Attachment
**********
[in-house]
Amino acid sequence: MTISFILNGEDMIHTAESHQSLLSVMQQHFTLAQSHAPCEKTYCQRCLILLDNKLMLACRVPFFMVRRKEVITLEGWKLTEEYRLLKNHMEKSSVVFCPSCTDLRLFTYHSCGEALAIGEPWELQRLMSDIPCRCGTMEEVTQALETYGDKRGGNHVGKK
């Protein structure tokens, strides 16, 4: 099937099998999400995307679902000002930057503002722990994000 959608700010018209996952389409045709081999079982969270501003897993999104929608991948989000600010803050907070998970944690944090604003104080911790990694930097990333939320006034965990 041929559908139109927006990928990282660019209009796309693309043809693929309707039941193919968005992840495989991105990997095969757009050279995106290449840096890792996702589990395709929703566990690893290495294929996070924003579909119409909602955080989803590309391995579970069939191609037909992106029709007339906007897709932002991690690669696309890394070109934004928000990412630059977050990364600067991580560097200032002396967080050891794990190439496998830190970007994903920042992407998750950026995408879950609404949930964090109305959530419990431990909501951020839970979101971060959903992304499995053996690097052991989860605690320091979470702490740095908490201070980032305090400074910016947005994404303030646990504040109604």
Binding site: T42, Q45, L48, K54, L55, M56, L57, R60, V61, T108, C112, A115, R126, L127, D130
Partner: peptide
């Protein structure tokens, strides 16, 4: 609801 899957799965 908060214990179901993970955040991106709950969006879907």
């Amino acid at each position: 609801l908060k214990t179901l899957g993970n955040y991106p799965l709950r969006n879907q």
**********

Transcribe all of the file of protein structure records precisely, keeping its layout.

[in-house]
Amino acid sequence: MTISFILNGEDMIHTAESHQSLLSVMQQHFTLAQSHAPCEKTYCQRCLILLDNKLMLACRVPFFMVRRKEVITLEGWKLTEEYRLLKNHMEKSSVVFCPSCTDLRLFTYHSCGEALAIGEPWELQRLMSDIPCRCGTMEEVTQALETYGDKRGGNHVGKK
């Protein structure tokens, strides 16, 4: 099937099998999400995307679902000002930057503002722990994000 959608700010018209996952389409045709081999079982969270501003897993999104929608991948989000600010803050907070998970944690944090604003104080911790990694930097990333939320006034965990 041929559908139109927006990928990282660019209009796309693309043809693929309707039941193919968005992840495989991105990997095969757009050279995106290449840096890792996702589990395709929703566990690893290495294929996070924003579909119409909602955080989803590309391995579970069939191609037909992106029709007339906007897709932002991690690669696309890394070109934004928000990412630059977050990364600067991580560097200032002396967080050891794990190439496998830190970007994903920042992407998750950026995408879950609404949930964090109305959530419990431990909501951020839970979101971060959903992304499995053996690097052991989860605690320091979470702490740095908490201070980032305090400074910016947005994404303030646990504040109604």
Binding site: T42, Q45, L48, K54, L55, M56, L57, R60, V61, T108, C112, A115, R126, L127, D130
Partner: peptide
């Protein structure tokens, strides 16, 4: 609801 899957799965 908060214990179901993970955040991106709950969006879907």
């Amino acid at each position: 609801l908060k214990t179901l899957g993970n955040y991106p799965l709950r969006n879907q």